Opportunistic Whales Frequently Observed Swimming Behind Deep-Sea Trawler Net To Feed On Escaping Fish


Sperm and northern bottlenose whales were frequently observed following a trawler off the coast of Newfoundland to feed on fish escaping from the net as it was hauled in, according to a study published in the open-access journal PLOS ONE by Usua Oyarbide from Plentzia Marine Station–Univ Basque Country, Spain, and colleagues.

In this study, the authors looked at how cetaceans interacted with a deep-sea trawler fishing in the western North Atlantic off the coast of Newfoundland in 2007. Oyarbide tracked whale encounters over 50 days between July 20 and September 13, 2007, while onboard the trawler as a North Atlantic Fisheries Organization observer.

Sperm whales (Physeter macrocephalus) were seen in 129 encounters and northern bottlenose whales (Hyperoodon ampullatus)  in 86 encounters directly interacting with the ship in areas where the trawler was fishing for Greenland halibut (Reinhardtius hippoglossoides). The whales weren’t observed when the trawler was fishing redfish (Sebastes sp.) thorny skate (Raja sp.), or any other fish species the trawler took, suggesting halibut was the fish of choice for both species.

The longest sighting of a sperm whale (one hour and twenty minutes of continuous observation) occurred while the trawling net was being towed across the ocean bed to catch fish—in general, during towing, sperm whales (but not northern bottlenose whales) were often seen swimming parallel to the ship and surfacing or breaching. When the full fishing net was hauled in, both sperm and northern bottlenose whales were sighted swimming behind the net and/or surface feeding on escaped fish, with the majority of whale observations happening during hauling. Five of the ten sperm whales who were observed near the ship were spotted in repeat encounters, traveling up to 235 km away from where they were originally observed as the ship fished new areas for halibut.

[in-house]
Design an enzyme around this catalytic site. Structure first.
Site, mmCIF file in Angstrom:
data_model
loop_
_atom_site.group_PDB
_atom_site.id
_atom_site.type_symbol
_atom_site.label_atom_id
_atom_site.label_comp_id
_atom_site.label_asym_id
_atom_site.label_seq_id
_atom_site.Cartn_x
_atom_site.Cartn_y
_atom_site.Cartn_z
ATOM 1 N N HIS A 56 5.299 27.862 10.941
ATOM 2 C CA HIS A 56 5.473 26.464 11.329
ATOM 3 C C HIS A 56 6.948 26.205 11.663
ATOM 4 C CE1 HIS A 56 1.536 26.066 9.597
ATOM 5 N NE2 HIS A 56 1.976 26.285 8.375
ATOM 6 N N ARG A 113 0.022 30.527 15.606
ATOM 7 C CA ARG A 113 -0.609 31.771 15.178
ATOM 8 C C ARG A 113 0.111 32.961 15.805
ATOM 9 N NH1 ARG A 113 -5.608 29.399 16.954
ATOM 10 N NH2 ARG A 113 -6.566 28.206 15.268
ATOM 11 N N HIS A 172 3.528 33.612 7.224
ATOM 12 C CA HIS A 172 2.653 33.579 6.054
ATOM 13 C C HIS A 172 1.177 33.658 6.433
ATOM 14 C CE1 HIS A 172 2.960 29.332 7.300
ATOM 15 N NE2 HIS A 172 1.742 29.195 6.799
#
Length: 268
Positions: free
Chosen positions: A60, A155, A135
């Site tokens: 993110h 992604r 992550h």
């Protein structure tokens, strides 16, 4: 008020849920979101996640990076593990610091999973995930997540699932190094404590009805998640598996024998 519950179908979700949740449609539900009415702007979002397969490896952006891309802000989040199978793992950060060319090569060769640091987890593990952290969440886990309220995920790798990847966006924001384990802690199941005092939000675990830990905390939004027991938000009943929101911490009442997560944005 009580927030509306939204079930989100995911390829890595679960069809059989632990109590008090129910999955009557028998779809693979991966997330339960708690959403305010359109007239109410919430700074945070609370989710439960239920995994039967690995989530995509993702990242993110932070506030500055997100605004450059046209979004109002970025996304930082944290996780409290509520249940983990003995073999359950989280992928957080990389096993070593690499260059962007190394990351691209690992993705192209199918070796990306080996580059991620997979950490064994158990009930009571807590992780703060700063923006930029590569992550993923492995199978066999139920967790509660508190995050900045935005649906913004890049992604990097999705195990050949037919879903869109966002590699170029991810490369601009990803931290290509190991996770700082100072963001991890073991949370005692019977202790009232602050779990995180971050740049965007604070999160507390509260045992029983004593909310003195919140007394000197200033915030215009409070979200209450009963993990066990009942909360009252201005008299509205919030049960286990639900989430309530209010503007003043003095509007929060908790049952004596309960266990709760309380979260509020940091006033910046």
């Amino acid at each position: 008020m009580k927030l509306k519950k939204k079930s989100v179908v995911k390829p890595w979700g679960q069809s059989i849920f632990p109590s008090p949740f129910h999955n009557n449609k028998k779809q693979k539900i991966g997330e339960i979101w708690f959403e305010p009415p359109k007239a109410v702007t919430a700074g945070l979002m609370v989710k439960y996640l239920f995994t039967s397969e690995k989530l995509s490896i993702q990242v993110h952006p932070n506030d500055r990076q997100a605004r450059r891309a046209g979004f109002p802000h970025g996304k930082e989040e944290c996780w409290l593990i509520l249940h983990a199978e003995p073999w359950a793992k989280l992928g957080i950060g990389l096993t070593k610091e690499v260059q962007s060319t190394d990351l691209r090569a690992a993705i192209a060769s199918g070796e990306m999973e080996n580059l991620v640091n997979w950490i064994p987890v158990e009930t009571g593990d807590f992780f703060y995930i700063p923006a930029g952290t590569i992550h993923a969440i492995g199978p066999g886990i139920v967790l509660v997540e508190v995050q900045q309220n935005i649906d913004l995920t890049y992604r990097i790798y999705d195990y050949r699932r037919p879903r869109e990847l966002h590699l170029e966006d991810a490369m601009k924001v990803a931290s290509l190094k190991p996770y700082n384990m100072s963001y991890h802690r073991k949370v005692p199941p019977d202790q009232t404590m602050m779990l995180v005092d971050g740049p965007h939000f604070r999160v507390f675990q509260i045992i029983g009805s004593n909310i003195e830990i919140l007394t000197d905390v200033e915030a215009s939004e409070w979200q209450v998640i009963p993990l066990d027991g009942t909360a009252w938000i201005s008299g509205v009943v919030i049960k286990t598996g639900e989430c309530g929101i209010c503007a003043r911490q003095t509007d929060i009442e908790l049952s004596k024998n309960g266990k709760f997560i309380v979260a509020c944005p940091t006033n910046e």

While other studies at Greenland halibut fisheries have described sperm and northern bottlenose whales feeding primarily on offal and discards, this was not observed on this specific vessel, where both whale species primarily fed on live (albeit dazed) halibut escaping from the net during hauling—suggesting that perhaps differences in fishing practices across regions or over time may change whale behavior when associating with ships. The authors note that more research on interactions between whales and fisheries in this area are needed, as the implications and possible risks (e.g., entanglement or fisher retaliation) for whales are unknown.

The authors add: “Our research provides new insights into the behavior of sperm and northern bottlenose whales around a commercial fishing vessel targeting Greenland halibut.”

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